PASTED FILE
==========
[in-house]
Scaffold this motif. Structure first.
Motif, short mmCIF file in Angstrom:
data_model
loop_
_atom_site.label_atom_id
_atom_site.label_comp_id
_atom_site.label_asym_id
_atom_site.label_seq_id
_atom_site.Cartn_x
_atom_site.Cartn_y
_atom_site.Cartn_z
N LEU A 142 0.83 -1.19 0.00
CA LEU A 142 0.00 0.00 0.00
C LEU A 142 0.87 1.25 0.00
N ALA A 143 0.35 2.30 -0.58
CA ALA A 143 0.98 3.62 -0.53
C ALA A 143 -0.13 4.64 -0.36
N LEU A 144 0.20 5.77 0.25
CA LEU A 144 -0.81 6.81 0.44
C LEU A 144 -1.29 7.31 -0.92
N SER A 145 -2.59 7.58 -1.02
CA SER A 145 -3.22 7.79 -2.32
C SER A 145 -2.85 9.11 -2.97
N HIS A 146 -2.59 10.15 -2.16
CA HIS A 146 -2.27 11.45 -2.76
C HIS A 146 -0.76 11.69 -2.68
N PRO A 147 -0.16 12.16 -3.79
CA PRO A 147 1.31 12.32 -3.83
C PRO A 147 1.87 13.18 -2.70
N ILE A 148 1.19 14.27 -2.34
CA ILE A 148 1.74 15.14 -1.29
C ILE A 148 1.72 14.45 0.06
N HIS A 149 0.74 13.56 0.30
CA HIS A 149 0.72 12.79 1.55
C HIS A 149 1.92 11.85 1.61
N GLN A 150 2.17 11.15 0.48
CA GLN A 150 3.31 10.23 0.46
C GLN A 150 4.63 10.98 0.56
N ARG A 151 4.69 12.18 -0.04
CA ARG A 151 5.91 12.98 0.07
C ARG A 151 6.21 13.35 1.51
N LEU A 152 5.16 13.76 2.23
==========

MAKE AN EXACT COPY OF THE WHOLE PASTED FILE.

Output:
[in-house]
Scaffold this motif. Structure first.
Motif, short mmCIF file in Angstrom:
data_model
loop_
_atom_site.label_atom_id
_atom_site.label_comp_id
_atom_site.label_asym_id
_atom_site.label_seq_id
_atom_site.Cartn_x
_atom_site.Cartn_y
_atom_site.Cartn_z
N LEU A 142 0.83 -1.19 0.00
CA LEU A 142 0.00 0.00 0.00
C LEU A 142 0.87 1.25 0.00
N ALA A 143 0.35 2.30 -0.58
CA ALA A 143 0.98 3.62 -0.53
C ALA A 143 -0.13 4.64 -0.36
N LEU A 144 0.20 5.77 0.25
CA LEU A 144 -0.81 6.81 0.44
C LEU A 144 -1.29 7.31 -0.92
N SER A 145 -2.59 7.58 -1.02
CA SER A 145 -3.22 7.79 -2.32
C SER A 145 -2.85 9.11 -2.97
N HIS A 146 -2.59 10.15 -2.16
CA HIS A 146 -2.27 11.45 -2.76
C HIS A 146 -0.76 11.69 -2.68
N PRO A 147 -0.16 12.16 -3.79
CA PRO A 147 1.31 12.32 -3.83
C PRO A 147 1.87 13.18 -2.70
N ILE A 148 1.19 14.27 -2.34
CA ILE A 148 1.74 15.14 -1.29
C ILE A 148 1.72 14.45 0.06
N HIS A 149 0.74 13.56 0.30
CA HIS A 149 0.72 12.79 1.55
C HIS A 149 1.92 11.85 1.61
N GLN A 150 2.17 11.15 0.48
CA GLN A 150 3.31 10.23 0.46
C GLN A 150 4.63 10.98 0.56
N ARG A 151 4.69 12.18 -0.04
CA ARG A 151 5.91 12.98 0.07
C ARG A 151 6.21 13.35 1.51
N LEU A 152 5.16 13.76 2.23